What was Web 1.5, anyway?

Before we can feel any sorrow over the death of Web 1.5, I guess we need to understand exactly what it was in the first place.

It’s obviously not Web 2.0, defined by Wikipedia as:

… Web applications that facilitate interactive information sharing, interoperability, user-centered design, and collaboration on the World Wide Web.

So what was it, exactly? The only definition I could find dates back to 2008:

Web 1.5 is where the information is conveyed differently by the industry practitioner, but the industry practitioner doesn’t understand that .5 of the “added value” comes from the commenter who disagrees with the post or adds more info than the post itself conveys.


Perhaps we can better define Web 1.5 by the aforementioned services that are going away…


Before Google Reader there was Bloglines, and it was fairly awesome. I was definitely a fan, particularly of the mobile client; I still think it offers a better user experience than Google Reader. And I’m not alone on this.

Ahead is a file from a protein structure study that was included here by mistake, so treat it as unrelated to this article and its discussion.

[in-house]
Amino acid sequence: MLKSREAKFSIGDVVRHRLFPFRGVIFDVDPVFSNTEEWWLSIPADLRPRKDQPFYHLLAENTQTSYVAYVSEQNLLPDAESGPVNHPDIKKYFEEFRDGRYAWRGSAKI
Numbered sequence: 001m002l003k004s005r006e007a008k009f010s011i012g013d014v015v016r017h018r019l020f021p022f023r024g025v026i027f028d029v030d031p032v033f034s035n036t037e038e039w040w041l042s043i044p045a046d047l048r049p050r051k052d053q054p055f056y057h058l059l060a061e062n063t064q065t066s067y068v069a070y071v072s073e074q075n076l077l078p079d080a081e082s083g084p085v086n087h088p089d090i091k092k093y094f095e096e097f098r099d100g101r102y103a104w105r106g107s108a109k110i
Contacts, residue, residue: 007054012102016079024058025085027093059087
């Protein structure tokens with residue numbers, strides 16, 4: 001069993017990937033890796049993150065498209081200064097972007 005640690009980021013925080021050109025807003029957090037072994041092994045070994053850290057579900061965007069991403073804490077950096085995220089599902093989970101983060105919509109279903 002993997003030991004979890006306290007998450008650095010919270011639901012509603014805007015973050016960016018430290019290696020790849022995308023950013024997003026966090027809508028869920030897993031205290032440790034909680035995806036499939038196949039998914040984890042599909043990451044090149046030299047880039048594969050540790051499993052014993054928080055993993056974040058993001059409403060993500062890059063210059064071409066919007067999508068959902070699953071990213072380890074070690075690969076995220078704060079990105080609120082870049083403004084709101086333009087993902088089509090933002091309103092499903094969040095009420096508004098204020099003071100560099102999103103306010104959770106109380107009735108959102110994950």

But the tacked-on social aspect of Bloglines never really took, and when feed updates became interminably slow that was pretty much it.


I vaguely remember this as the service that pre-dated RSS. Therein lies our answer, I suppose.


As an active user of Xmarks I’m most bummed about this, though I understand its features have largely  been supplanted by built-in equivalents for Mozilla and Google browsers.

Xmarks does have a social aspect of sorts to it, but it hasn’t exactly been embraced by its users.

I don’t know about you, but I’m still a bit foggy on what Web 1.5 is/was supposed to be. You could say the demise of Bloglines came about in part due to the Web 2.0 share-y goodness of Google Reader but honestly, I stopped using Bloglines for purely technical reasons.

Nonetheless, let us all take a moment and bow our heads in remembrance of Web 1.5 — whatever it was…

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